Year of Release: 1973
Autumn just about qualify as one hit wonders by the skins of their collective teeth. Their debut single "My Little Girl" was a Tony "I wonder how many hits you've had" Rivers composition which was a slab of highly effective retro sixties harmony pop. Nudging the Top 40 at number 37, it allowed them an appearance on "Top of the Pops" where they appeared wearing natty matching suits, deliberately looking like throwbacks to another era. Nostalgia certainly isn't what it used to be.
The band struggled to build on that modest success, however, and follow-up singles "Not The Way She Looks" and "Hazy Crazy Days" didn't chart, and nor did this, their last effort for Pye before being dropped. Of all their singles, "Down Down Down" is the oddest and the most unexpectedly raucous sounding, featuring the usual slick sounding harmony vocals meeting pounding rock noises, and a guitar instrumental break which somewhat unexpectedly combines the initial melody of "Layla" with "Na Na Hey Hey Kiss Him Goodbye". There are lots of sudden hairpin bends in its arrangement, and as such, it ends up sounding more like a lost bit of Pye popsike from 1968 or 1969 than its 1973 release date would suggest (if you suspend disbelief about the release date of "Layla", that is). Perhaps because of that, it's not overly surprising it wasn't a hit. It's short, sharp and ever-so-slightly on the wrong side of commercial (whatever the group's intentions). An LP was recorded by the group for release by Pye, but apparently never saw the light of day.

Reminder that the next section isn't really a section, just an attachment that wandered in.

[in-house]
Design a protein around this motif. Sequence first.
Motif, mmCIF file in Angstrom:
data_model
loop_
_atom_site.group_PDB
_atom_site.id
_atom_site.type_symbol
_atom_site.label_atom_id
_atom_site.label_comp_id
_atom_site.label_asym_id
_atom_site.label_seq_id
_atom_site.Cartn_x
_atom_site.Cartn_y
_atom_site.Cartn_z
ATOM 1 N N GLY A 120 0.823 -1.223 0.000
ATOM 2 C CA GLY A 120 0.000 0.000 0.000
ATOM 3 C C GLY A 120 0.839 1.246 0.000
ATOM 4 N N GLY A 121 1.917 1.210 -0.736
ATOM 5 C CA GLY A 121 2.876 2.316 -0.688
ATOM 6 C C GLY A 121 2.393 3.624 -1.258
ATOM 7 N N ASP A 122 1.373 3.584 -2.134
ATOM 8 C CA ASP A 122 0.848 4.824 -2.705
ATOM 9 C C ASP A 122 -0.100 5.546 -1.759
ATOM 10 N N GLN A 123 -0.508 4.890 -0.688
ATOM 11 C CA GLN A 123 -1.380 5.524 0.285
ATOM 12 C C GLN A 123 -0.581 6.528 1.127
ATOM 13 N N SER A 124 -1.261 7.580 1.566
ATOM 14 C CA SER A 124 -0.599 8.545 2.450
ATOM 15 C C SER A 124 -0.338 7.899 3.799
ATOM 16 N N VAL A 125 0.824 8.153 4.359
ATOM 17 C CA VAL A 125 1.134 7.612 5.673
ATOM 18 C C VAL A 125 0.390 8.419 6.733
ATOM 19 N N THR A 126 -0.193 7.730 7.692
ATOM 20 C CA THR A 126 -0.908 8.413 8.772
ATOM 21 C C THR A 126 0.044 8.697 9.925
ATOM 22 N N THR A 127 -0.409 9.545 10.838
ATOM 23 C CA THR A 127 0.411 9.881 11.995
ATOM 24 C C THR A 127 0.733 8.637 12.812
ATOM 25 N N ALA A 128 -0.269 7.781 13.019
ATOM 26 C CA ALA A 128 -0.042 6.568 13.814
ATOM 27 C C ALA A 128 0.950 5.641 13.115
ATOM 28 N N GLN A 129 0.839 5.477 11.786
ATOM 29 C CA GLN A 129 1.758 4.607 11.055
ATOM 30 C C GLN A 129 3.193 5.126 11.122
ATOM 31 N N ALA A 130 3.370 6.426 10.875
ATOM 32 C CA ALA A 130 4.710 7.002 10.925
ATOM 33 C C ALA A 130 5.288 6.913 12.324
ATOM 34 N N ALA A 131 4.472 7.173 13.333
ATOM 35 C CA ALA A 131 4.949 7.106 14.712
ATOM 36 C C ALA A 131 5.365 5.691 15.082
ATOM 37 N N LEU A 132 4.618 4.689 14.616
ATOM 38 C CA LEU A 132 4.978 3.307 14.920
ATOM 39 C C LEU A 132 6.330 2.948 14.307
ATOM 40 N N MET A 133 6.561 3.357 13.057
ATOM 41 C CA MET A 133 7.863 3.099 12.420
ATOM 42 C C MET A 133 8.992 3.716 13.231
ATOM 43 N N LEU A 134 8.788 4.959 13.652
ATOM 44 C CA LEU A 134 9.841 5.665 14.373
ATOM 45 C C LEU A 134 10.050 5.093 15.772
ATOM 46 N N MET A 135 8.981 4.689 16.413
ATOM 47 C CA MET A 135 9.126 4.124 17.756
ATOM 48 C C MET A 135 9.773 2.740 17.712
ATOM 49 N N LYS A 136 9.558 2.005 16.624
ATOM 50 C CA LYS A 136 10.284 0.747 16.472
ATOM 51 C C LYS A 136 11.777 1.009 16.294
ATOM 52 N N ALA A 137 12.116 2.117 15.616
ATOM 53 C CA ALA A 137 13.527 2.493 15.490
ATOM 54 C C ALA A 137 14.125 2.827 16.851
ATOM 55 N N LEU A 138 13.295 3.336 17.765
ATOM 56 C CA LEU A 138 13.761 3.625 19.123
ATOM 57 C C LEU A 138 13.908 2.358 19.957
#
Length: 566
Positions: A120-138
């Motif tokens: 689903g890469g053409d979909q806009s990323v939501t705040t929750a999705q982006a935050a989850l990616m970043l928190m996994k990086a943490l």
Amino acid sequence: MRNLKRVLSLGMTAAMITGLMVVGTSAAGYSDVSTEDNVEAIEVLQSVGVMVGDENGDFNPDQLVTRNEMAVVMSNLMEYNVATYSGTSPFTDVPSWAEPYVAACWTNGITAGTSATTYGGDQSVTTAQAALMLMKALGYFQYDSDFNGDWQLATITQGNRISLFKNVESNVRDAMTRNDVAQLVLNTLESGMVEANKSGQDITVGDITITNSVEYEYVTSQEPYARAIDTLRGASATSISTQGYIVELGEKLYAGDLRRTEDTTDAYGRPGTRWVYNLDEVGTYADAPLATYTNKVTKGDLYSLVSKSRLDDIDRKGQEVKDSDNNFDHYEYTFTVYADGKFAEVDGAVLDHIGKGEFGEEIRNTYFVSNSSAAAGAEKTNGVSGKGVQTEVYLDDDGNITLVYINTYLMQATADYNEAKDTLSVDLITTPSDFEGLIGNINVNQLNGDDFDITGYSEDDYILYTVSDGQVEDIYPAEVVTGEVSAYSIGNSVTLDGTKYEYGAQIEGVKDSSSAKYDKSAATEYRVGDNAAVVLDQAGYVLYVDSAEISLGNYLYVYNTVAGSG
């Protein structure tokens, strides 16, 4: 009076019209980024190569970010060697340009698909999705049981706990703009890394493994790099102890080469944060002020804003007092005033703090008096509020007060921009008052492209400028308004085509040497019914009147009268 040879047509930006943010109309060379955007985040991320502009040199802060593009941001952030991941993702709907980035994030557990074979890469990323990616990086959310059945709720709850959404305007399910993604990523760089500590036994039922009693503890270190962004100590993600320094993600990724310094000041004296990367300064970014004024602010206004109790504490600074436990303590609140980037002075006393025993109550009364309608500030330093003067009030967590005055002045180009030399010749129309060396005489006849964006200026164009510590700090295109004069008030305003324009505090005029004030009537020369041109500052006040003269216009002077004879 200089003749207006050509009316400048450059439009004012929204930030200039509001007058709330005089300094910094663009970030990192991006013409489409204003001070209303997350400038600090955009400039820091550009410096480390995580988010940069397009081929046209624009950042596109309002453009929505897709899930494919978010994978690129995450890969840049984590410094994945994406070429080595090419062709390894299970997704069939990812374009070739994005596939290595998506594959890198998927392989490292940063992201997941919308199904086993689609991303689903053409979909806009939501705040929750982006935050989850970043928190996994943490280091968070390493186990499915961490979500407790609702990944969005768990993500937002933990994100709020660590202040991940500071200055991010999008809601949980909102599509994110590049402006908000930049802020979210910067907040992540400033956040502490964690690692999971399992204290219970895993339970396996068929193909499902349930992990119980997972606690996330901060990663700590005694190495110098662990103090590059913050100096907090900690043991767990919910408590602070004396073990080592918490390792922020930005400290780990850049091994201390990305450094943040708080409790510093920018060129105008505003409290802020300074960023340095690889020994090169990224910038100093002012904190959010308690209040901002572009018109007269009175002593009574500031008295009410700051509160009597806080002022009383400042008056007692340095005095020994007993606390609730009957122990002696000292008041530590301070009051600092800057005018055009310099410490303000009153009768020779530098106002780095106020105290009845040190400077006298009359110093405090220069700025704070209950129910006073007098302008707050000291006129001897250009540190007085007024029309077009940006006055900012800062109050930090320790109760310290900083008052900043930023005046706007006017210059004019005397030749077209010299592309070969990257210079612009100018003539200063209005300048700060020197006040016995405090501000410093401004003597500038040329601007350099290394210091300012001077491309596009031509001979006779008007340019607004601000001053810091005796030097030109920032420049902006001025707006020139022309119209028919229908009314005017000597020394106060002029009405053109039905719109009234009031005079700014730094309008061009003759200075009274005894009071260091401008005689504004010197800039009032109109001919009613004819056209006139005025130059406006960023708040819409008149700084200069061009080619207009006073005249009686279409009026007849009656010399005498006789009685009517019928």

The band consisted of Keith Parsons on lead vocals and guitar, Dave Charlwood on drums, John Court on guitar, Peter Cramer on bass and backing vocals, and Ron Shaughnessy on guitar and backing vocals. I'm not too sure what the group ended up doing after this single, but I can rather sadly confirm that Ron and Keith have since passed away.
The "Alshire USA Production" credit appears on all their singles, incidentally, and is something of a mystery. Alshire were a budget label in the USA whose works could generally be found lingering in the wire racks in supermarkets, usually consisting of rush-recorded soundalike compilations and easy listening cash-ins, such as "Tribute To Jimi Hendrix" by The Purple Fox or "Award Winning Scores From The Silver Screen" by 101 Strings (a less typical and more inexplicable example would be The Animated Egg's eponymously titled LP). It's not clear to me how Autumn ended up associated with the label, unless they were signed up to do some harmony pop work for a cheapo LP and found that one of their recorded tracks took off in its own right in the UK. I'd be very grateful if somebody could clear this puzzle up, as the standard biographies of the band online and offline make no mention of the US deal.